Mary McCormick, Senior Account Manager, Neenah Paper Inc., said her company was committed to manufacturing products with high post-consumer waste content, FSC-certification, and reduced carbon footprint. Before delving into some of the technical aspects of sustainable paper manufacture, she may have confirmed Grossman’s assertion about competitive advantage when she noted that the invitation for President Obama’s inauguration was printed on Neenah paper, chosen because of the company’s sustainability practices.

FSC certification, which is the premier paper certification standard, guarantees a chain of custody for pulp products from the harvest site to the finished product. It doesn’t simply guarantee sustainability. It also addresses social issues (e.g., rights of indigenous peoples) and forest recovery as well. Neenah’s website offers a calculator you can use to find the environmental savings you will achieve by using FSC papers. Neenah has also developed no-new-tree papers, including one manufactured from sugar cane bagasse.

The panel presentations were followed by a lively discussion in which some members of the audience sought proof that sustainability practices could increase sales. None of the panelists could cite such proof, but Ben Grossman stepped up and said that if anyone in the room wanted to conduct a test to determine whether a legitimate green logo would boost response to a mailing, his company was willing to subsidize it. There’s a man who backs up his belief in sustainability!

Financial Times: Why sustainability is still going strong

financialtimes_logoA friend of mine sent along the following link to a piece written by Duke professors Daniel Vermeer and Robert Clemen, about the importance of a refined sustainability strategy during this economic crisis.  Vermeer is the executive director of the Corporate Sustainability Initiative at the Duke Fuqua School of Business, and Clemen is professor and faculty director of the Corporate Sustainability Initiative.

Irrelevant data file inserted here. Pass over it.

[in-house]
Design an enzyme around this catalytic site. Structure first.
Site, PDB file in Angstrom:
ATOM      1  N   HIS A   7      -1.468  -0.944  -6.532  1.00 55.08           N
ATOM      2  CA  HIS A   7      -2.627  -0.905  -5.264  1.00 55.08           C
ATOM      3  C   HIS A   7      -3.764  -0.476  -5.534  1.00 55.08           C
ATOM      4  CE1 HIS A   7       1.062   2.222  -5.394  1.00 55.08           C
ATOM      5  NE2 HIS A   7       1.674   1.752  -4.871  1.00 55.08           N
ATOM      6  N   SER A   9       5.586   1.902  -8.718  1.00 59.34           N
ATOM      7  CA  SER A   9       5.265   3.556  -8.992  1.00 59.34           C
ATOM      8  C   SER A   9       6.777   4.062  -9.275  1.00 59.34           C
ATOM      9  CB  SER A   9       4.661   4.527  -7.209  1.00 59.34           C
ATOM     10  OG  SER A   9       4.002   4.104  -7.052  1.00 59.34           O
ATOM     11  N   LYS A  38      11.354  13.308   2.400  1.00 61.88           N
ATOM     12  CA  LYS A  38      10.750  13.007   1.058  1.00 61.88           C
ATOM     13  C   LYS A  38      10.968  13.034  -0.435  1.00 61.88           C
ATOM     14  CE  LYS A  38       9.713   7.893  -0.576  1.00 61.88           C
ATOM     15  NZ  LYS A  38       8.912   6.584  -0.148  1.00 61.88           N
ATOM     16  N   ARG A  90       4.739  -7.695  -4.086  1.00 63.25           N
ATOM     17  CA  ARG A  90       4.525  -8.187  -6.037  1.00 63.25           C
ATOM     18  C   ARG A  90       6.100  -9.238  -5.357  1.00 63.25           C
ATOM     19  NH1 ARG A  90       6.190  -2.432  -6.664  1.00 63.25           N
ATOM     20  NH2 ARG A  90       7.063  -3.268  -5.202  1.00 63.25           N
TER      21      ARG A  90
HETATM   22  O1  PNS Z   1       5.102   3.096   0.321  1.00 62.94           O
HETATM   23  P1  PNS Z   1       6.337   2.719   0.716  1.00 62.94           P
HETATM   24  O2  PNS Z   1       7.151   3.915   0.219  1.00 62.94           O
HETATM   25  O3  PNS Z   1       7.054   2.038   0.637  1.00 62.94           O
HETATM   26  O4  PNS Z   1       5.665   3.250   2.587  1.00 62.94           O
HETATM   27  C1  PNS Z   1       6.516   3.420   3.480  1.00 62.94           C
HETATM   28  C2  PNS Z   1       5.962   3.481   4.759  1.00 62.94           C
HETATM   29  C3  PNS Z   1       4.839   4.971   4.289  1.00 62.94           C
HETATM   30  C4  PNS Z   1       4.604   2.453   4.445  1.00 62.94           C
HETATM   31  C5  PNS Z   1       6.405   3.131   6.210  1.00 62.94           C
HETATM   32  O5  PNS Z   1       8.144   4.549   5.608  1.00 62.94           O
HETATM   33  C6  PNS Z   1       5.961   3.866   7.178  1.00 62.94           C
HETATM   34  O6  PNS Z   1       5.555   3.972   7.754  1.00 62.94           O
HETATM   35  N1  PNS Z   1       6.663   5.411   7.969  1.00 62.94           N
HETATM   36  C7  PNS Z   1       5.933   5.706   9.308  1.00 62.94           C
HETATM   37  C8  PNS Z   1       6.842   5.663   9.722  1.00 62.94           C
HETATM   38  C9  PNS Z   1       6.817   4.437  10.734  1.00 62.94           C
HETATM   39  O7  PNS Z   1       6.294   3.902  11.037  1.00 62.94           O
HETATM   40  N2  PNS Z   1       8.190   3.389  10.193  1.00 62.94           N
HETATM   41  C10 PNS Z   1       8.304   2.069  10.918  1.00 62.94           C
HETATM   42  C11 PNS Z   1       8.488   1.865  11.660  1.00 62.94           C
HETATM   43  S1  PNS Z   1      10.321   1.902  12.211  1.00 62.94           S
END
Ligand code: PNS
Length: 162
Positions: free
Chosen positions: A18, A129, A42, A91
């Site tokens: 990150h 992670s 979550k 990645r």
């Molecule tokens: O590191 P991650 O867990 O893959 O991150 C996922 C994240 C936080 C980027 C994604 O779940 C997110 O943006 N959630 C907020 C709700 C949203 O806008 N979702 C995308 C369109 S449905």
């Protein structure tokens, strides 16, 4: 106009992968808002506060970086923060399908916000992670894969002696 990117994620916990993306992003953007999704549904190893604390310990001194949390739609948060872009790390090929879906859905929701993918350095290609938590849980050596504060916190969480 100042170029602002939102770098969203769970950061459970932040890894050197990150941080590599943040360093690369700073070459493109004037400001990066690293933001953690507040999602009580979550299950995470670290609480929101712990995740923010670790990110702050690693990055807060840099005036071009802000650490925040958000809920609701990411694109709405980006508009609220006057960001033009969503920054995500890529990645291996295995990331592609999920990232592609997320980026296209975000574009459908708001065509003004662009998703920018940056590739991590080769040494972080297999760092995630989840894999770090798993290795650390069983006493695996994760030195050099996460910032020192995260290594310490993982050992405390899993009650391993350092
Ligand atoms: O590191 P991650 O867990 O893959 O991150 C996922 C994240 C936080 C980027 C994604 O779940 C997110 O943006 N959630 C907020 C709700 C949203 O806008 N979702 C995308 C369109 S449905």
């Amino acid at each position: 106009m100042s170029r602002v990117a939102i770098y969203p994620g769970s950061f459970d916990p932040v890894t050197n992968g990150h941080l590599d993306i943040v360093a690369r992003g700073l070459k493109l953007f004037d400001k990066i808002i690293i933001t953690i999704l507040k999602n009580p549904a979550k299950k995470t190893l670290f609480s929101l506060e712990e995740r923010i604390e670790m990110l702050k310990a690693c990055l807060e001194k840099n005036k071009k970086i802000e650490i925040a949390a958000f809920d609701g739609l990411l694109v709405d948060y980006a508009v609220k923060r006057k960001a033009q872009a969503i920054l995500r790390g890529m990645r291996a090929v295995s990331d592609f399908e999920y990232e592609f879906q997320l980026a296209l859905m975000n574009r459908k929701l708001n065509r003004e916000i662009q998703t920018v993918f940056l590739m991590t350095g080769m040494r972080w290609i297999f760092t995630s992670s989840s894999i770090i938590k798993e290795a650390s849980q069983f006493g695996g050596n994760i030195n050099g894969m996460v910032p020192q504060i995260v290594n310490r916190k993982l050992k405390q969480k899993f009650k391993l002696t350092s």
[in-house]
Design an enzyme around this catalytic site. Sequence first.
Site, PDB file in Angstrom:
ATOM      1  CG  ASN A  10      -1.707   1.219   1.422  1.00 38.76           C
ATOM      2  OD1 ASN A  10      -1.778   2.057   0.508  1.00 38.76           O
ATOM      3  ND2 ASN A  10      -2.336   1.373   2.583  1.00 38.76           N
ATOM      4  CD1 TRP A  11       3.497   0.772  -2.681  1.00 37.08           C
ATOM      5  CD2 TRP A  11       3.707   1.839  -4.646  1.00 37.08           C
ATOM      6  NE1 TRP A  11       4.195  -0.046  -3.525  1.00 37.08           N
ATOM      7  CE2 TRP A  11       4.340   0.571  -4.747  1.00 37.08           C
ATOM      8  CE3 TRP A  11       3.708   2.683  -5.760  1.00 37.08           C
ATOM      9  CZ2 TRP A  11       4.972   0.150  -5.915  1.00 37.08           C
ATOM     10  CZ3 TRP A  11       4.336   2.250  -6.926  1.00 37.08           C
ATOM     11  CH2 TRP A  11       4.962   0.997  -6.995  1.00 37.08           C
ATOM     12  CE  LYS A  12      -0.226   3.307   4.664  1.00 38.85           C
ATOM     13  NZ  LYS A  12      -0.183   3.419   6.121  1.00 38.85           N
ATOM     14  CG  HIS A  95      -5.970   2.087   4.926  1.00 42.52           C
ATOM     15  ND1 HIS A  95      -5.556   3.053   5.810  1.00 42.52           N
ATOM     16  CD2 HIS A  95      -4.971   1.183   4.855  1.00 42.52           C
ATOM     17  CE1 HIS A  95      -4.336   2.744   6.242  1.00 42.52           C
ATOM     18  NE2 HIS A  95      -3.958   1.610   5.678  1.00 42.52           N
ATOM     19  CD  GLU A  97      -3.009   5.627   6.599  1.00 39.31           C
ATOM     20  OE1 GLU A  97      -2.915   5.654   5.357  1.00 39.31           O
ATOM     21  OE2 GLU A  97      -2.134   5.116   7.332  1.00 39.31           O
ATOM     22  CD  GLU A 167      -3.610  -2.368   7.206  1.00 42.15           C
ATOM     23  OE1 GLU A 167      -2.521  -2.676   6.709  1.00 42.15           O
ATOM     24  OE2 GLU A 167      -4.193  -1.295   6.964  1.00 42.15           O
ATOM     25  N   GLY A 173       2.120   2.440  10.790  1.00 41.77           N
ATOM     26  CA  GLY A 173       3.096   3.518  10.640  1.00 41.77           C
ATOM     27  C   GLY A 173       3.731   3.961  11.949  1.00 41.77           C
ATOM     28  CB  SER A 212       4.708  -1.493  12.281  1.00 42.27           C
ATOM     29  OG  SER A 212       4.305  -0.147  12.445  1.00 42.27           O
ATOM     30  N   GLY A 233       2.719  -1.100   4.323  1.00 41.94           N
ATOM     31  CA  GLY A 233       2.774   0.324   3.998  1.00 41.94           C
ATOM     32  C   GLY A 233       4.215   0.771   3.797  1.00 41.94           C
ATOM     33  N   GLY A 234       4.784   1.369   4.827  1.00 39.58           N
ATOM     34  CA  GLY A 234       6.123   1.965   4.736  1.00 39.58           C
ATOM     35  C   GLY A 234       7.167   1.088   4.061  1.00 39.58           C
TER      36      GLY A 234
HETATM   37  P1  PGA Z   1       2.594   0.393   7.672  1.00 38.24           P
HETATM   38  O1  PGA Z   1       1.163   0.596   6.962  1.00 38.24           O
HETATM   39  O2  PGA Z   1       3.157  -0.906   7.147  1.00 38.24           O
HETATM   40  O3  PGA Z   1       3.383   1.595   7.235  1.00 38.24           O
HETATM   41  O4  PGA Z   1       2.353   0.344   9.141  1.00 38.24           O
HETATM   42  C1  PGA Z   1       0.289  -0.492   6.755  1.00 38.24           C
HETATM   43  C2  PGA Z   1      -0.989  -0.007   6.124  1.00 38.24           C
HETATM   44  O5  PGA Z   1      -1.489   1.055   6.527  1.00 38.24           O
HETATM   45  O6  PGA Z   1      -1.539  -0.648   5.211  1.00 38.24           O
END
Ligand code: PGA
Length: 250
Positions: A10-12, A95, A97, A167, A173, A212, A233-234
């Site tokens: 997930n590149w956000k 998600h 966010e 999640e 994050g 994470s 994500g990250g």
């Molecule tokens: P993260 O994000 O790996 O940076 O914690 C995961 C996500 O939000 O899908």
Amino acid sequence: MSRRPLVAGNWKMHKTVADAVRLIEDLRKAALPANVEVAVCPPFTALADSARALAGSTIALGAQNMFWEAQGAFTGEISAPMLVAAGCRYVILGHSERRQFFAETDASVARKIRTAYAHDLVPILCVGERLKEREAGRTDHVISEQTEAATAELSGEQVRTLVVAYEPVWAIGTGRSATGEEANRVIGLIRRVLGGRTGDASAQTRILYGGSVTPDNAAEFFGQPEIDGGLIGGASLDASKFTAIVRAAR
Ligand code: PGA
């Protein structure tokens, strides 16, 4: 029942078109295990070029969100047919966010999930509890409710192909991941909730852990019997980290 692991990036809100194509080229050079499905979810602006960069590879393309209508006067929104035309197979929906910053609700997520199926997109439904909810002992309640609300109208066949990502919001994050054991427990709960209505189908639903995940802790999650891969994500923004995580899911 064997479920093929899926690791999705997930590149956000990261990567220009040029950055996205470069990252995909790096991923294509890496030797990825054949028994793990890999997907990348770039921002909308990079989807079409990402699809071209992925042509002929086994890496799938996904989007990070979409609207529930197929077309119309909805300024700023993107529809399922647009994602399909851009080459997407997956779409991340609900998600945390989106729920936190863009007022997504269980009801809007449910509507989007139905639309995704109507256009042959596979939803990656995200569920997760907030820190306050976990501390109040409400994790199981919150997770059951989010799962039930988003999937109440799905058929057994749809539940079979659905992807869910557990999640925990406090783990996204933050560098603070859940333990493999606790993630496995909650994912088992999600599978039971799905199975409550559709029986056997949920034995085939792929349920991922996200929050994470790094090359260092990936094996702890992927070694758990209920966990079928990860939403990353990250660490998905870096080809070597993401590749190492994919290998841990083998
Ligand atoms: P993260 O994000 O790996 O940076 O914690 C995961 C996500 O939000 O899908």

The piece, published last Thursday in the Financial Times, is titled “Managing in a downturn: Why sustainability is still going strong” and is a must-read.  Vermeer and Clemen’s main point is that given the current difficult business climate, organizations will understandably make changes to their sustainability and corporate governance efforts.  However, they warn against doing the bare minimum, as those organizations that fail to show a “commitment will find themselves at risk when the economic conditions improve.”

They make some interesting points, introduce some interesting people like Marcus Roberts, especially in the conclusion, and I wanted to make sure all of you saw it.  Here’s the link to the full story.

News roundup – it’s about the wind

As I have written in the past, renewable energy is critical to our nation’s future – not only from a carbon emissions perspective but also for national security reasons.

My firm’s adoption of and support for renewable energy (we offset 100% of our energy with Green-e certified wind power through Renewable Choice, the firm that both Whole Foods and Burt’s Bees work with to offset their energy usage) has enabled us to offer products and services to our clients that have helped them support the environment, without adding any extra cost to their respective bottom lines.  Because my firm made the commitment more than two years ago to absorb the additional cost of these wind power credits, we have been able to grow our business in turbulent times and attract new and progressive clients.

I am pleased to share two exciting news pieces:

  1. A PDF of an article published last month by the American Marketing Association’s Marketing News magazine (a live link is not yet available).  The staff collected a range of good and bad marketing campaigns from 2008 and asked various marketing professionals to chime in.  They asked me to comment on the marketing of T. Boone Pickens’ wind power initiative (which is now on hold due to economic concerns) – the news brief is on page 1 of the attachment.
  2. An article in The Somerville News (a newspaper in my company’s home market) about recent successes my family firm has had as a result of our green initiatives (one correction I need to make is that the reporter spoke with my brother, David, but refers to him as Steve, who is my father and president of the company).